I feel remorse as I write this, because I know that not all children can be given a chance, regardless of the finances and resources available. We were dealt this hand but it is far from the worse hand we could be dealt. However, each journey is unique to the person on it.

After about 6 months of Sophie’s infantile spasms, I did not shed a tear feeling sorry for us (in fact, I had to repeatedly remind myself that Elaine and I are NOT really going through it, it is Sophie). Don’t get me wrong, I have cried frequently (usually in the privacy of the shower or my car ride home…people next to me must of gotten a laugh) but it wasn't because I was sad. Rather, it was ALWAYS when Elaine had another PLAN to stop Sophie’s seizures. Each time, I let the thoughts of happiness and joy of giving Sophie a better way of life creep into my head. Once reality set in (usually only took 2 minutes), the tears would stop. Is that perverse to cry about the POTENTIAL happiness???

Back on point, as we held our breath when Dr. Chugani and Dr. Asano walked into the waiting room, we clutched each other’s hands. Receiving the positive news and not really knowing yet whether Sophie would wake up without seizures, we both cried those long-awaited tears of joy. I said to her “YOU DID IT!!!” whiling sobbing like a little girl of course. She generously replied “WE did it” but I appropriately corrected her with “no, you did”.

It has been a long journey and I am not na├»ve enough to think that there won’t be more twists and turns. But in this moment, I couldn’t be happier. I love you Elaine. Thank you for watching over our sweet Sophie!



Another night of vomiting means another day in the hospital. Sophie vomited again...ugh!!! It just doesn't make sense. It is only once a day and it is right after dinner. At least this time it was not as much as the last 3 nights. Then again, we barely fed her today. Breaks my heart. She barely has any energy. She is still on IV liquids so she is getting what she needs but she wants to eat so bad.

Even though she is vomiting, we still started her on a liquid suspension of Depakote (Valporic Acid) that is given orally. She is getting 150mg 3x/day. The liquid suspension is absorbed much quicker than the Depakote sprinkle capsules. Plus we mix it with a bit of Sprite and she doesn't mind the taste. She gets it as soon as she wakes up in the morning, later in the afternoon and right before she goes to bed. So this dosing schedule does not interfere with her vomiting routine.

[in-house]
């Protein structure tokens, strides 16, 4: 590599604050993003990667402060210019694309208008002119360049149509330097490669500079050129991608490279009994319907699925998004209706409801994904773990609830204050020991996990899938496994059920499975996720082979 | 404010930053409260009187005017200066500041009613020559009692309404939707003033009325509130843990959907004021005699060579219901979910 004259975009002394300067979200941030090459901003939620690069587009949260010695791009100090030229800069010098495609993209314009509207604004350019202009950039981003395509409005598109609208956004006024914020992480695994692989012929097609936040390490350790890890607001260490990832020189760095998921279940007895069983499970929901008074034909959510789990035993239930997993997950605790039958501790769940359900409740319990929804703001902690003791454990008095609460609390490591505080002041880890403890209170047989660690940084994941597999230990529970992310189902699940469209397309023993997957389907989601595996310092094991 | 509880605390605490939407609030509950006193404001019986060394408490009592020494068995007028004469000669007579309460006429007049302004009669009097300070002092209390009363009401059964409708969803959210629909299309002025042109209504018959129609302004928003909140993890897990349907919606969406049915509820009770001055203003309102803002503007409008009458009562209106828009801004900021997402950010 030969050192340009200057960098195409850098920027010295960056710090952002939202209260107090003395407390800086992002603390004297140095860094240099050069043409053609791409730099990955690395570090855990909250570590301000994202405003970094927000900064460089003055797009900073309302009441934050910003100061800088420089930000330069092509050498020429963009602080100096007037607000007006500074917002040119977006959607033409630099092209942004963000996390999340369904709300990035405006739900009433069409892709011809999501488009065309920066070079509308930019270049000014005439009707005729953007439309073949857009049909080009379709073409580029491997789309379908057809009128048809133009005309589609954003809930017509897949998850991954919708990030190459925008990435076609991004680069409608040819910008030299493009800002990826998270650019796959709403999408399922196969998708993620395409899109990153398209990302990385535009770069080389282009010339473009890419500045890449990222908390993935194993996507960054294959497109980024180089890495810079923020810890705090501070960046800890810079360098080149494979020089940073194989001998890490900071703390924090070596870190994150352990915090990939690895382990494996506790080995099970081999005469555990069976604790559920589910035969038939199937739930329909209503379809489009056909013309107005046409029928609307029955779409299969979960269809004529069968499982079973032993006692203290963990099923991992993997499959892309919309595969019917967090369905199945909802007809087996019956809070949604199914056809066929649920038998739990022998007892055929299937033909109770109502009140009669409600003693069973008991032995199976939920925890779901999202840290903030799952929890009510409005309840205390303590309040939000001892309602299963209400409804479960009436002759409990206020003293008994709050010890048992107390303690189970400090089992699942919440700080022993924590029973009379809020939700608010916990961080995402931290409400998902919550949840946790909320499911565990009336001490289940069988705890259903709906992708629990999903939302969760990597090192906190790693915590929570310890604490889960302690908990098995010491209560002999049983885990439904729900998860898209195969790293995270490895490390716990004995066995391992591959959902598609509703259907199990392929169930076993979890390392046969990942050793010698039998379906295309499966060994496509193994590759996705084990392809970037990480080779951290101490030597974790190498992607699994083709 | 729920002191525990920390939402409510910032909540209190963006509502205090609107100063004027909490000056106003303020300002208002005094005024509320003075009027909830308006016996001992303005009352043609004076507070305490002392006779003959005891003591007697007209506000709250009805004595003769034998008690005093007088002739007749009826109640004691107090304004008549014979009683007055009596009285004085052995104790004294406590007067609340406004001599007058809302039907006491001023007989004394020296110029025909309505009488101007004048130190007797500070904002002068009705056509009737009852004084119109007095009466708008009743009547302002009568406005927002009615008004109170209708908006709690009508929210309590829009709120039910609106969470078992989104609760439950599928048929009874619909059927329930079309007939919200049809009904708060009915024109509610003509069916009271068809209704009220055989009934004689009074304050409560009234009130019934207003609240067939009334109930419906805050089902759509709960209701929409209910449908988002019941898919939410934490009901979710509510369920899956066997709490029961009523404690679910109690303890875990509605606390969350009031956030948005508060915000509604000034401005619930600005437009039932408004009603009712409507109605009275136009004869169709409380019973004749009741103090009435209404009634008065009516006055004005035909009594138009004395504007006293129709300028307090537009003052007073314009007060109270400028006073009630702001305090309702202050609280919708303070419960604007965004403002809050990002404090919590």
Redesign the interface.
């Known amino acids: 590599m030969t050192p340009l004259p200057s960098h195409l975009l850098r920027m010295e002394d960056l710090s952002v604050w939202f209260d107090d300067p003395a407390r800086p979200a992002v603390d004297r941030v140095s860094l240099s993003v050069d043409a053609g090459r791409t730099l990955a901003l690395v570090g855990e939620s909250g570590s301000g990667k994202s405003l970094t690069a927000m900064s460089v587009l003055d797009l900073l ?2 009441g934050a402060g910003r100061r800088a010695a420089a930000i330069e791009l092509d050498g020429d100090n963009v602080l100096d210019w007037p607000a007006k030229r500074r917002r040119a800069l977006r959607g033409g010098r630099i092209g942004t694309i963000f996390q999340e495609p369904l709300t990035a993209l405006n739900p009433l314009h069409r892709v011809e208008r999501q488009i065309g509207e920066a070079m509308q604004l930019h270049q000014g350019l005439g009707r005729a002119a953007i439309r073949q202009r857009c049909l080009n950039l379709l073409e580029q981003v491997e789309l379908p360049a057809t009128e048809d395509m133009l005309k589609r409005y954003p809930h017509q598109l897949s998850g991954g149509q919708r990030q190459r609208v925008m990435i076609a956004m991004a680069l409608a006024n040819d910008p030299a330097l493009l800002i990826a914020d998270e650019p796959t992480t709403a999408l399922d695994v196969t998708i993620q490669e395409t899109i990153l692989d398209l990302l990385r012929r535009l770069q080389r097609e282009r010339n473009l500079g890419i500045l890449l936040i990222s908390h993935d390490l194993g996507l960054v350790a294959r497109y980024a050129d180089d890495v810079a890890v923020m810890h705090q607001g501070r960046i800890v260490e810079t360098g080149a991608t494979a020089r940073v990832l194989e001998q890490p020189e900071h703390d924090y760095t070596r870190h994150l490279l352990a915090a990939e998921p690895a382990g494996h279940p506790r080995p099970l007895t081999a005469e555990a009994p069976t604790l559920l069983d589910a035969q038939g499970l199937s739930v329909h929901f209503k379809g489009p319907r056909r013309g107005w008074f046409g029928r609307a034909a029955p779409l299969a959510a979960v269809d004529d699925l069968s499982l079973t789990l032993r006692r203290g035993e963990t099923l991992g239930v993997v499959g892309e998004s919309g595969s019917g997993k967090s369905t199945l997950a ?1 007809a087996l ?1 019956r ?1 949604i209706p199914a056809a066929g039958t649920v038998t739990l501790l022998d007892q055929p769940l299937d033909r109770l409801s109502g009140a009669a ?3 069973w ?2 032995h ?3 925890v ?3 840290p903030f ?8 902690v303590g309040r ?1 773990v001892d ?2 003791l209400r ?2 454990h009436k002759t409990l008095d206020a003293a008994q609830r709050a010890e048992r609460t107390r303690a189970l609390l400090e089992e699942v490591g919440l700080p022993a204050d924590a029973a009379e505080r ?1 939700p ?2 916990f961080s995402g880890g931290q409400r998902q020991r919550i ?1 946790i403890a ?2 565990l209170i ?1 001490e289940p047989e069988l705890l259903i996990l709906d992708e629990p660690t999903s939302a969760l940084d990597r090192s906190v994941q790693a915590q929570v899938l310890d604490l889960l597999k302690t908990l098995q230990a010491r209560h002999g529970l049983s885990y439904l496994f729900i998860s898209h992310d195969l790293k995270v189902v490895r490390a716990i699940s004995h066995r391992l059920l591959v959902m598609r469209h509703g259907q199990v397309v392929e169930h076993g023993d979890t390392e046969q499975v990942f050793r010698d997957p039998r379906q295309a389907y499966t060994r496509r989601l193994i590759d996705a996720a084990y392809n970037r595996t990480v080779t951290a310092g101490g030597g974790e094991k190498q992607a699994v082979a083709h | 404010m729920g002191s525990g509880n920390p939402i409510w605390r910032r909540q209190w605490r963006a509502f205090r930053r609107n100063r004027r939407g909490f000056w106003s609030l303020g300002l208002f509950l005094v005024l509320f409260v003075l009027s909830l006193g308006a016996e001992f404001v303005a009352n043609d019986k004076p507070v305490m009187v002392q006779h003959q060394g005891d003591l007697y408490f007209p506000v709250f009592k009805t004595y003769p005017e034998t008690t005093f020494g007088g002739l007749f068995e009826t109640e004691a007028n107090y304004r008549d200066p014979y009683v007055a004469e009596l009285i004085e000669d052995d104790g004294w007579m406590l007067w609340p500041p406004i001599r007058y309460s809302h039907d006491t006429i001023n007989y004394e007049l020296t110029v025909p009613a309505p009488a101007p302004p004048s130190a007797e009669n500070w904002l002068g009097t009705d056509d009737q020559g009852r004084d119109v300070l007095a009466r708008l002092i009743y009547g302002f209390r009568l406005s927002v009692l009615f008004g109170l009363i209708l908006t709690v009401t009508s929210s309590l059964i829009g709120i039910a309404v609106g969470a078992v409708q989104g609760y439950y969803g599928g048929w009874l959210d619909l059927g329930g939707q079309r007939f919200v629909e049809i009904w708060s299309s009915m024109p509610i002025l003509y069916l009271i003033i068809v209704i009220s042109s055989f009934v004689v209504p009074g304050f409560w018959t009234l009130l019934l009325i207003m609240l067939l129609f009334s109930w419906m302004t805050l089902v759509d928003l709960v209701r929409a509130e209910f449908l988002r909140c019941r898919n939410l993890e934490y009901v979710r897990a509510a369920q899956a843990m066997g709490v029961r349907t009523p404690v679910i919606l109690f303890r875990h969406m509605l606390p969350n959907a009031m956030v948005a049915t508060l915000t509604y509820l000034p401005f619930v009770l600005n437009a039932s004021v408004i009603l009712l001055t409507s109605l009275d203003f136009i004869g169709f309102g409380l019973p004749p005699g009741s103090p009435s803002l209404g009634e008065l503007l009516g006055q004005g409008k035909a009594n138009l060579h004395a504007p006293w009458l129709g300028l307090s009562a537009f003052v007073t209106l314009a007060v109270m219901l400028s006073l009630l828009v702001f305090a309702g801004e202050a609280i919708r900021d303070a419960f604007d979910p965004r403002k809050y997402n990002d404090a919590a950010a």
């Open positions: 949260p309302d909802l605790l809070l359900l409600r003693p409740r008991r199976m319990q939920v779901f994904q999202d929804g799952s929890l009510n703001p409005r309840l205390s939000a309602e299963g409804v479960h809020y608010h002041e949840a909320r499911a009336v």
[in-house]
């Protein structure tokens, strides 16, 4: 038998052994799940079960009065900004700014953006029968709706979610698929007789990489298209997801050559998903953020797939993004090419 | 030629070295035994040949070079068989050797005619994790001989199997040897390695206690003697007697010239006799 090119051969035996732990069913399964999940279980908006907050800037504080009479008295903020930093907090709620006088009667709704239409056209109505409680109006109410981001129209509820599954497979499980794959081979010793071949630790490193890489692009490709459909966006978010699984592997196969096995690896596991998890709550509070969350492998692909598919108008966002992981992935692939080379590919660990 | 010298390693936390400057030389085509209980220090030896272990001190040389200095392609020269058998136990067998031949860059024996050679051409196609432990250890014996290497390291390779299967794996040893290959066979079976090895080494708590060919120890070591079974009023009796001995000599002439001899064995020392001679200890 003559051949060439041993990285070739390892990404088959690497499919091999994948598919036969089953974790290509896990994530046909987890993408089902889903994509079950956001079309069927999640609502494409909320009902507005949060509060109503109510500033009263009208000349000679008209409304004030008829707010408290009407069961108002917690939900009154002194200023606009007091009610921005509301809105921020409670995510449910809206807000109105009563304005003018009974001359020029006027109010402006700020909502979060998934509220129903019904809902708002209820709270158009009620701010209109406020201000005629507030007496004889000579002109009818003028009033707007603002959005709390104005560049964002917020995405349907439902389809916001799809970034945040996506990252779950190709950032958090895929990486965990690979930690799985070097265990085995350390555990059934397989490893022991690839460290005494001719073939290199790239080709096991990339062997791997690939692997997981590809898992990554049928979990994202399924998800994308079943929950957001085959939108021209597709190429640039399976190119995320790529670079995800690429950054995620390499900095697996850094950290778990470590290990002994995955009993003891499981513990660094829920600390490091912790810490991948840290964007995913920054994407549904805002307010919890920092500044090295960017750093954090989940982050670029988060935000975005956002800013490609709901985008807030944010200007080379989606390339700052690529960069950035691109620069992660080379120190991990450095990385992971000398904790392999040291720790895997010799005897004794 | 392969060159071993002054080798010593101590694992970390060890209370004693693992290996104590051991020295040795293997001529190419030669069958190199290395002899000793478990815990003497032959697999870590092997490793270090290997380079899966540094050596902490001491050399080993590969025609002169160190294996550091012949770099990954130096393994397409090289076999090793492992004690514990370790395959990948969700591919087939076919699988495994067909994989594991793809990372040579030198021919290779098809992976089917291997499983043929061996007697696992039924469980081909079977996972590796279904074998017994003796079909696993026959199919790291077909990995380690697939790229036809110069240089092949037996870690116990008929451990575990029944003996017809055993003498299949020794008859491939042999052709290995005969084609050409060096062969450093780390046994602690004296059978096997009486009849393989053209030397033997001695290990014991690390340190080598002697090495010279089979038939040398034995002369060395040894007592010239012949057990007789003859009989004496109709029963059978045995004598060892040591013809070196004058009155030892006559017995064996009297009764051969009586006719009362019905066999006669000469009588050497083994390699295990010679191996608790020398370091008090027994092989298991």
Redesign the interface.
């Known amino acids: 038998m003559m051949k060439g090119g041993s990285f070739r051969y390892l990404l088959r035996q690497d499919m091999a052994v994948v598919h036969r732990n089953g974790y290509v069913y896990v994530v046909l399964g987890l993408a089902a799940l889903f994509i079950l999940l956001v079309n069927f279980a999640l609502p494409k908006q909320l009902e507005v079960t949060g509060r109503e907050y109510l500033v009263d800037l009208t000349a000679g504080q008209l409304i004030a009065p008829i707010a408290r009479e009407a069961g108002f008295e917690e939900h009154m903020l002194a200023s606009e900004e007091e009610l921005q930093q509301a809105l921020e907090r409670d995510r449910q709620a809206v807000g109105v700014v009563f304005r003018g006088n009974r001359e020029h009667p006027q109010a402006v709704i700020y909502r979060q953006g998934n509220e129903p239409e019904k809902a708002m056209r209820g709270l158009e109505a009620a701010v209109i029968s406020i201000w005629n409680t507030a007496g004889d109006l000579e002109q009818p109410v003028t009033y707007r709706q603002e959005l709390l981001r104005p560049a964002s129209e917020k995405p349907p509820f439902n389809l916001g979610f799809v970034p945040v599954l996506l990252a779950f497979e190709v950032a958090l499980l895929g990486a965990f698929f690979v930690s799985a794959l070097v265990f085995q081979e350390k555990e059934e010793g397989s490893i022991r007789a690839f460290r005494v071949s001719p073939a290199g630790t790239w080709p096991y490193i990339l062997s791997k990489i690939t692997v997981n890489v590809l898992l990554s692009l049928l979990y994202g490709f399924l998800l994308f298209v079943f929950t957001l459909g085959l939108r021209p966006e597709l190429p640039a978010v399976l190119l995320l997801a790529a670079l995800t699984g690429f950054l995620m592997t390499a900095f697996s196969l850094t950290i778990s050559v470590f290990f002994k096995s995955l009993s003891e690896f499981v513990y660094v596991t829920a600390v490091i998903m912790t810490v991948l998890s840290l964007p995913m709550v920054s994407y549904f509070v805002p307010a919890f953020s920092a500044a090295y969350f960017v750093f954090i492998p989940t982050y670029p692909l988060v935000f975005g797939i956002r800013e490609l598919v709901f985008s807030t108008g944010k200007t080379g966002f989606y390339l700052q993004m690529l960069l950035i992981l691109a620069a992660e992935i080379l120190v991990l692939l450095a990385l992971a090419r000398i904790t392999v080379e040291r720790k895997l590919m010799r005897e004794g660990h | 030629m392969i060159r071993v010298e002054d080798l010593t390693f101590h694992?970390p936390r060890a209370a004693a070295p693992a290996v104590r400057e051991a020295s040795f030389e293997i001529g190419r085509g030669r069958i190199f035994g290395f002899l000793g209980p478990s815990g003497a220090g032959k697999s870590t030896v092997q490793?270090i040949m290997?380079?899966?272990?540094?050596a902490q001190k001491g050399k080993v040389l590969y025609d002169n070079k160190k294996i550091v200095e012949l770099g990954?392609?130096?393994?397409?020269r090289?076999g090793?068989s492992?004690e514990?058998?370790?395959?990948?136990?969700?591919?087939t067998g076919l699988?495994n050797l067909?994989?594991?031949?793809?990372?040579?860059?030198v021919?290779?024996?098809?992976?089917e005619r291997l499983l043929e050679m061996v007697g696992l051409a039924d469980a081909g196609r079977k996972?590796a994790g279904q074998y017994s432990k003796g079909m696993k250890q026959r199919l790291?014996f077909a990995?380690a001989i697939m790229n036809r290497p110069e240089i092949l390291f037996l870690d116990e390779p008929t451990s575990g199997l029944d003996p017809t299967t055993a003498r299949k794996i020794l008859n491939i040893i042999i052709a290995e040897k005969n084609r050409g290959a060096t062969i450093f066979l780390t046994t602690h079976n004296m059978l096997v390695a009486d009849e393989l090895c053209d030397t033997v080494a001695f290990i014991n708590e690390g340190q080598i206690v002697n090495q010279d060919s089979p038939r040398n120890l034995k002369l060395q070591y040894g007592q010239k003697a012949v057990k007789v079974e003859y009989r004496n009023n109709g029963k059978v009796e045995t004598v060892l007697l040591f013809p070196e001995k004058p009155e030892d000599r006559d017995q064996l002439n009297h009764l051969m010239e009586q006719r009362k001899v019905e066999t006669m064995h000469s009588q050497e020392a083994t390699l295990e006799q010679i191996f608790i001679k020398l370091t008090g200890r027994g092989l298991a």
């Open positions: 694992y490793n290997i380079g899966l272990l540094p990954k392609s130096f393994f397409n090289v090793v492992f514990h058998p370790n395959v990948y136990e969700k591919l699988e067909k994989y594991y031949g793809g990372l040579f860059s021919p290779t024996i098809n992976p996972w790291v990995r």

I am not sure what or when they will start the liquid suspension of Dilantin.

Brandon is taking the night shift (NaNaw took it last night) and I am off to bed.

Just that much better...

Painting with her RIGHT hand in the playroom. We do everything possible to get Sophie out of her hospital room as much as we can. Her favorite word right now is door. She loves her stroller and never wants to get out of it. She gets upset when we do take her out of it to get her to walk more.

Snuggling with Daddy while watching a movie. I was jealous. The bed is way too high and little for me to climb in...soon Sweet Sophie...soon Mommy will be able to snuggle with you in bed.

Riding a bike during physical therapy. Sophie cried and cried and cried during PT. Brandon thought maybe she was in pain but she wasn't fooling me. She did that same thing with her PT evaluation a few weeks ago. But we were both scared that she was going to vomit when she started coughing. So far so vomiting and the gastroenterologist came by to check her out. They are going to put her on IV form of Zantac. We have given her very small bland meals with a few small snacks in between. Cross our fingers!!!

Despite all the fake crying, she did really well during PT. She is getting stronger and stronger everyday. She did even better with taking steps today. I think within a week or two she will be walking better than she did before surgery.

We also went for a walk outside today and had a late lunch in the courtyard. The fresh air feels good. We got Sophie out of her stroller and had her walk up to some flowers and bend her knees to touch them. She wasn't too happy about that.

It's about 5:30pm and she is sleeping peacefully. It has been a long day for her today. She woke up at 4am and by the time she fell back asleep at 7am, there was some VERY LOUD construction right underneath us that woke her up. She only took an hour nap this afternoon.



Heart Connect..

For such a rare disease, I am amazed at the connections I have made with other families going through what I am going through. The internet is an amazing thing.

A few days ago, I got to meet Bennett (or Benney as Brandon likes to call him...hope you don't mind Ken...and he keeps singing BaBaBaBennie and the Jets) and his parent's Ken and Jen. The IS family is a close knit community. I stumbled across his blog page (Blogzilly) from a link on Danielle's blog page (Dear Trevor). I was immediately drawn to his blog. They are new to the seizure world. Their son was diagnosed with Infantile Spasms about 3 months ago.